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Last week, I suggested that real estate agents check up on title companies after closing to make sure that mortgages were paid off. Why? Title company executives have been known to "help themselves" to money held in escrow, particularly when business is bad.
See: Is Your Title Company Misbehaving? Most people don't realize that the title industry is basically unregulated in most states. Unregulated as well, are the massive escrow accounts administered by the title companies. A preliminary federal study released in 2006 revealed a laundry list of startling truths about a misunderstood industry and its primary product, title insurance. Most startling: title agents are primarily responsible for auditing their own escrow accounts. It's tantamount to asking the fox to guard the hen house. The study also found that ridiculously relaxed licensing standards have possibly resulted in an industry of unqualified practitioners.
The truth about the title industry is frightening: licensing requirements are non-existent in 3 states plus the District of Columbia; 18 states and the District of Columbia do not require a title agent to pass a test to become licenses; only 20 states have an educational requirement as a pre-requisite to licensing.
For the preliminary federal study on the status of the title industry, click here. For the final report, click here.
An article published in the Springfield Business Journal paints a horrific tale of consumer suffering at the expense of title company malfeasance.Click here to read article. Guaranty Title conducted business in Missouri before being shut down last June by its underwriter, LandAmerica. The problem: there's more than $5,000,000 missing from escrow accounts. While LandAmerica is clearly on the hook for some of the missing funds, it's disputing liability for buyer's deposits held by Guaranty Title for a local developer named Branson Hills Development.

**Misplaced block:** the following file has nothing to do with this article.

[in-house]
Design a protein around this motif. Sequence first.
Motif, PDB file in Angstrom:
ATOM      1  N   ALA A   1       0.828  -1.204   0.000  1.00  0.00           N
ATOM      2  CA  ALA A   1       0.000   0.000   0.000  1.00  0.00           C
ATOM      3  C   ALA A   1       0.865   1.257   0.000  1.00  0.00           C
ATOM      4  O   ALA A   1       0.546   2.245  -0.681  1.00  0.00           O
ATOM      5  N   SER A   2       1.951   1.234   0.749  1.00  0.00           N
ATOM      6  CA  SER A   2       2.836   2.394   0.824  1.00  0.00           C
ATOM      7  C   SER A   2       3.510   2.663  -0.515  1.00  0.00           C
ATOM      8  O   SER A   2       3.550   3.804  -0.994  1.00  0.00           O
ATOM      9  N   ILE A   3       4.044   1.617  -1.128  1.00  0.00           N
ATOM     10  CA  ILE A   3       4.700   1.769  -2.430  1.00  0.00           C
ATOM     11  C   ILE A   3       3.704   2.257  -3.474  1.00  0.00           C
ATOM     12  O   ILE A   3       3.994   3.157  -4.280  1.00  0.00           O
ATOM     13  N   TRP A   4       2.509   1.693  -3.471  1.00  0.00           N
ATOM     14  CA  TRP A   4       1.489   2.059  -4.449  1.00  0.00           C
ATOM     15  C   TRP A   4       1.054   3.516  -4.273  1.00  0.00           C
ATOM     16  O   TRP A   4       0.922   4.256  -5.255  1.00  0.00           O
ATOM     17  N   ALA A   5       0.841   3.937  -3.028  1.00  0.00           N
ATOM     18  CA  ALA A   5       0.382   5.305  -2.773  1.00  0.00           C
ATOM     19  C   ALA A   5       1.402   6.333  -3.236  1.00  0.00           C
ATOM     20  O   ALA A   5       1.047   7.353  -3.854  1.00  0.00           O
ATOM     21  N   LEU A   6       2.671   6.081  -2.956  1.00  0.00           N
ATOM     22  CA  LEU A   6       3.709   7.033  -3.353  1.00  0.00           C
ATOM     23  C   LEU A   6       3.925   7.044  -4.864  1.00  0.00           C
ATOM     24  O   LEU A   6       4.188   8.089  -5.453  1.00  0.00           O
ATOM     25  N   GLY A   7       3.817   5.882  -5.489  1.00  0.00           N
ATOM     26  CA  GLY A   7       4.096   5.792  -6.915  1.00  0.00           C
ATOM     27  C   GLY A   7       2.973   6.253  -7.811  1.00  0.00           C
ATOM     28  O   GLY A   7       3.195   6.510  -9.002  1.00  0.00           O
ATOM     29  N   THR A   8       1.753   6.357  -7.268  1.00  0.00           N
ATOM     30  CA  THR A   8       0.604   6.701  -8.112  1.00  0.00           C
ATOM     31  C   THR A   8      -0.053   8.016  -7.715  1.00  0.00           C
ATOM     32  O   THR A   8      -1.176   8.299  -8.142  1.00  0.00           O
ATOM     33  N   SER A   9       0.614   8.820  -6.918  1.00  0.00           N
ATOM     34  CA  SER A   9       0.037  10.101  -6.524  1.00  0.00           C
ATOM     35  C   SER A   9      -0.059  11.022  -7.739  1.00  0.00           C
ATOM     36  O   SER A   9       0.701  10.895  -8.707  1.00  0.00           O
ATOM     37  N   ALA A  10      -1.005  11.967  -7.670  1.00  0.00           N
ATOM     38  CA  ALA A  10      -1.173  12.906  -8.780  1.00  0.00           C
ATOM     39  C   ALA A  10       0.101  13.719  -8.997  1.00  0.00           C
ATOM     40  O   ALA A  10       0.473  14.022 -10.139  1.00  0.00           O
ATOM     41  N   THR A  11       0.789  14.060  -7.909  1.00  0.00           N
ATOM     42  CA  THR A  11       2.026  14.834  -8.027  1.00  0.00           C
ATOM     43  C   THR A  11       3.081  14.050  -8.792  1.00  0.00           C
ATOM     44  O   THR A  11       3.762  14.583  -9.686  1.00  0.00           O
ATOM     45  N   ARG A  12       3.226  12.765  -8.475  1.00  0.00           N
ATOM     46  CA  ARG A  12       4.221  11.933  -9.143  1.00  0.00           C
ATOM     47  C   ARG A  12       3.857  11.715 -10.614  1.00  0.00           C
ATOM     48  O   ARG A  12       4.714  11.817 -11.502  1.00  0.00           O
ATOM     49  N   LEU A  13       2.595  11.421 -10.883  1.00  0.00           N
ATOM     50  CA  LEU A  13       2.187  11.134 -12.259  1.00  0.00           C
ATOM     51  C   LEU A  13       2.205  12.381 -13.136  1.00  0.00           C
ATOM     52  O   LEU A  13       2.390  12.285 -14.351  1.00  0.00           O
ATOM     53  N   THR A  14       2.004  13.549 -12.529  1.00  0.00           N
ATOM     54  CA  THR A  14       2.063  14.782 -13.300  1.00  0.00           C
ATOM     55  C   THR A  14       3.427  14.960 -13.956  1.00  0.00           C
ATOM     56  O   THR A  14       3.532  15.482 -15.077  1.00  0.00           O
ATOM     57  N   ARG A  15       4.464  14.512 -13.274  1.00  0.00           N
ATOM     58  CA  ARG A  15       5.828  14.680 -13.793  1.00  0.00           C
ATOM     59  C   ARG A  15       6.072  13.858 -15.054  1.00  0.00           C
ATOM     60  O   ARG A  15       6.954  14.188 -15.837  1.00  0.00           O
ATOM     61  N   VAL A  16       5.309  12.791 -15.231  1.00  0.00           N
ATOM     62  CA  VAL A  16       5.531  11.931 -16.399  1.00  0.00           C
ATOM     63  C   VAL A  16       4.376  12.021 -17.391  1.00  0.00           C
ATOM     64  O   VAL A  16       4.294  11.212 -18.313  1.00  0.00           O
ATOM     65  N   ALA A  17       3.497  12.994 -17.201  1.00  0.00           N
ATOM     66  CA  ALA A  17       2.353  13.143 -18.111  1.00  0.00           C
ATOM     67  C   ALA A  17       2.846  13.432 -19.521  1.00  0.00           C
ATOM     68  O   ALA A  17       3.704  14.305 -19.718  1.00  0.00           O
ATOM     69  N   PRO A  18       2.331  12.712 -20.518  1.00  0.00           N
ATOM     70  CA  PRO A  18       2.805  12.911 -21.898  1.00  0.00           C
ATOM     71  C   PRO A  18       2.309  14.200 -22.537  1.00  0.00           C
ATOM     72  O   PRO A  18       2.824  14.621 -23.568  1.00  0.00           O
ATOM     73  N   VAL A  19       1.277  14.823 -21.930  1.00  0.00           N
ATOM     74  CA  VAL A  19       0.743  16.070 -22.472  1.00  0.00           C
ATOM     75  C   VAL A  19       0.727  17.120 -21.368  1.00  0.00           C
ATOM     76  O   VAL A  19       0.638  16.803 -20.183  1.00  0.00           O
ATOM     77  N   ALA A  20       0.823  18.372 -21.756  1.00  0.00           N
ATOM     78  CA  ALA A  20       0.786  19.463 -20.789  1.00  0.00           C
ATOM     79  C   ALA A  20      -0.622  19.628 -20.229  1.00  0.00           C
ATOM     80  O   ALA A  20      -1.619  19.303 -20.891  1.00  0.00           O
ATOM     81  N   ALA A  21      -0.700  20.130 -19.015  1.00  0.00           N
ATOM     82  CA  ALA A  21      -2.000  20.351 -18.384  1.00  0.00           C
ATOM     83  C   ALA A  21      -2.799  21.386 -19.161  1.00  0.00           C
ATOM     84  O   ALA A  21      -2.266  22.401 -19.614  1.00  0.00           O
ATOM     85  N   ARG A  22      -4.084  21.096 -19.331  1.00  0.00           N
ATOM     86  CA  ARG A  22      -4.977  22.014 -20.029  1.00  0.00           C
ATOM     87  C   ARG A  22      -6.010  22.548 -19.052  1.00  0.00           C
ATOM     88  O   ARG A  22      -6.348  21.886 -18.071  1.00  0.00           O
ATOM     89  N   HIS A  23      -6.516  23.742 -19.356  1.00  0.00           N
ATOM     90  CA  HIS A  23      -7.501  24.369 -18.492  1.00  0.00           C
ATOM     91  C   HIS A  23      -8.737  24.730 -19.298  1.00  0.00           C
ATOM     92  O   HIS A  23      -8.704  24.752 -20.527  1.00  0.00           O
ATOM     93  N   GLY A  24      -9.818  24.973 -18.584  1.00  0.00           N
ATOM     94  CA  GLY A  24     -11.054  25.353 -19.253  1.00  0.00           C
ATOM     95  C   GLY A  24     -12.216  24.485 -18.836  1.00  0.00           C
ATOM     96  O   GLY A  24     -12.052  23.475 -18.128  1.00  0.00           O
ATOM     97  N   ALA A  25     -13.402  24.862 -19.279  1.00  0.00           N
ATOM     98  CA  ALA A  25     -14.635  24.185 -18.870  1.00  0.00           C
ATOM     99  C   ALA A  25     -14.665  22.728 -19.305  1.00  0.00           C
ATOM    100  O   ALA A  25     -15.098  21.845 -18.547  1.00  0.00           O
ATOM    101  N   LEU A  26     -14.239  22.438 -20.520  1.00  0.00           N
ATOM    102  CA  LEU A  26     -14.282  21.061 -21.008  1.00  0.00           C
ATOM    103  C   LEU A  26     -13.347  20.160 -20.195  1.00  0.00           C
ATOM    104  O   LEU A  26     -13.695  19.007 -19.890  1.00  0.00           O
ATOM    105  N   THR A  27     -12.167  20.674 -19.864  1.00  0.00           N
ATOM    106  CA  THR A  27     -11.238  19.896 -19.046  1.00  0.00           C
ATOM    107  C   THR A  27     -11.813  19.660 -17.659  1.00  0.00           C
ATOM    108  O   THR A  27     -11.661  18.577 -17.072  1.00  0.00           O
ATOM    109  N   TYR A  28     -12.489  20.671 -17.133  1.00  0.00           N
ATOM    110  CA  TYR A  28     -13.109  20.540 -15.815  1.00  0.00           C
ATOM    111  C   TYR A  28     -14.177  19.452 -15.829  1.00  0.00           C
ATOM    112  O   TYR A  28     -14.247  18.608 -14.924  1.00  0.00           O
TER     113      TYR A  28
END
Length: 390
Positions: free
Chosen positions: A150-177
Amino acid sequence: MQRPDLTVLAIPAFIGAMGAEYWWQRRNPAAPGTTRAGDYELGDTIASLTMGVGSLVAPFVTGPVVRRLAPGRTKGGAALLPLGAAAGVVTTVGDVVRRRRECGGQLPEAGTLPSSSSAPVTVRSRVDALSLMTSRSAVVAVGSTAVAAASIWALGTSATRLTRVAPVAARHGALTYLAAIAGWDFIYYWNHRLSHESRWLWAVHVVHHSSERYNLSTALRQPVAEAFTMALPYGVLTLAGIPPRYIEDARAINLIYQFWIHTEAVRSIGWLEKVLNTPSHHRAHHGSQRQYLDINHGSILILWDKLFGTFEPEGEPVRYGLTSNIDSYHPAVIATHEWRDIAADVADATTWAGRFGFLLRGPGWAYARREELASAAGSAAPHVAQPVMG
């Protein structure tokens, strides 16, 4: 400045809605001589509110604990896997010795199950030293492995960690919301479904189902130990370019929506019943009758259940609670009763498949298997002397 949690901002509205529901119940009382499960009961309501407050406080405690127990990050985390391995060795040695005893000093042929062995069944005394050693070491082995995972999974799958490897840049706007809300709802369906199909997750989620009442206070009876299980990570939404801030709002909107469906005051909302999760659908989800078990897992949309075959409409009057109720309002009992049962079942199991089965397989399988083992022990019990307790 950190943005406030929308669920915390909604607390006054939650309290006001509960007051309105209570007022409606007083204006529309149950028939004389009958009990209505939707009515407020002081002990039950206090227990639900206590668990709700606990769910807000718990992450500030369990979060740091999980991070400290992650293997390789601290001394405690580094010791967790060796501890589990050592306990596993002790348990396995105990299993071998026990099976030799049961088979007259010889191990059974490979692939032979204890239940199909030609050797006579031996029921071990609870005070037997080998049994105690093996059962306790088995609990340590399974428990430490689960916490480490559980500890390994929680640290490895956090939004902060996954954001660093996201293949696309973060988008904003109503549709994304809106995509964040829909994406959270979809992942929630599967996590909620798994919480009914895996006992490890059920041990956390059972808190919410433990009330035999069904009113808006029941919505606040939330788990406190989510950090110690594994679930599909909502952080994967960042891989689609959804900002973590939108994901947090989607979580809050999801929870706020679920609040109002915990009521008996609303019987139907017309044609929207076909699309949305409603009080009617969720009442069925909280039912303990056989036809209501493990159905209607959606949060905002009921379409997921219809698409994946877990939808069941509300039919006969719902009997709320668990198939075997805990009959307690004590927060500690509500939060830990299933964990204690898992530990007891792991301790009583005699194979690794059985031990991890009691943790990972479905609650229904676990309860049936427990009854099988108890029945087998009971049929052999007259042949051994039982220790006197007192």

Based on an anonymous tip, Branson's attorney subpoenaed audit reports proving very harmful to LandAmerica.
The report indicates that a routine audit conducted by LandAmerica in April, 2006 found that $600,000 was missing from Guaranty Title escrow accounts at that time. Several months later, promissory notes were issued by Guaranty Title to LandAmerica to cover part of the missing money.
Why didn't LandAmerica close Guaranty Title's doors upon discovering that escrow funds were missing?
Because Guaranty Title was an enormous company that made a lot of money for its underwriter, LandAmerica, in the form of title insurance premiums.
Why didn't LandAmerica report Guaranty Title's criminal activity to the proper authorities?
That's the seminal question that casts a shadow of doubt on the integrity of LandAmerica, and possibly the title industry, in 2008.
It could be said that LandAmerica drove the getaway car used by Guaranty Title to rob a bank.
In defense of LandAmerica: the company has a good reputation overall and isn't normally associated with this type of reprehensible behavior. I hope the company has the courage to step to the plate and publicly dismiss every executive who was involved in the reckless decision making that permitted a rogue title company to continue raping the public.
I want to go a step farther and share my concerns about those of you who collect fees, or soft-dollar perks, for shipping title orders to affiliated title companies. Don't do it! It's a business model that's marginally legal, at best, when constructed correctly, but perilous all the same for real estate agents. In time, your affiliated title company will screw up, overcharge consumers, or steal money and you'll find yourself mortgaging your house to pay for expensive legal representation. You heard it here! A special thanks to Diane Cipa for bringing the Springfield Business Journal article to my attention.
Disclaimer: ActiveRain Corp. does not necessarily endorse the real estate agents, loan officers and brokers listed on this site. These real estate profiles, blogs and blog entries are provided here as a courtesy to our visitors to help them make an informed decision when buying or selling a house. ActiveRain Corp. takes no responsibility for the content in these profiles, that are written by the members of this community.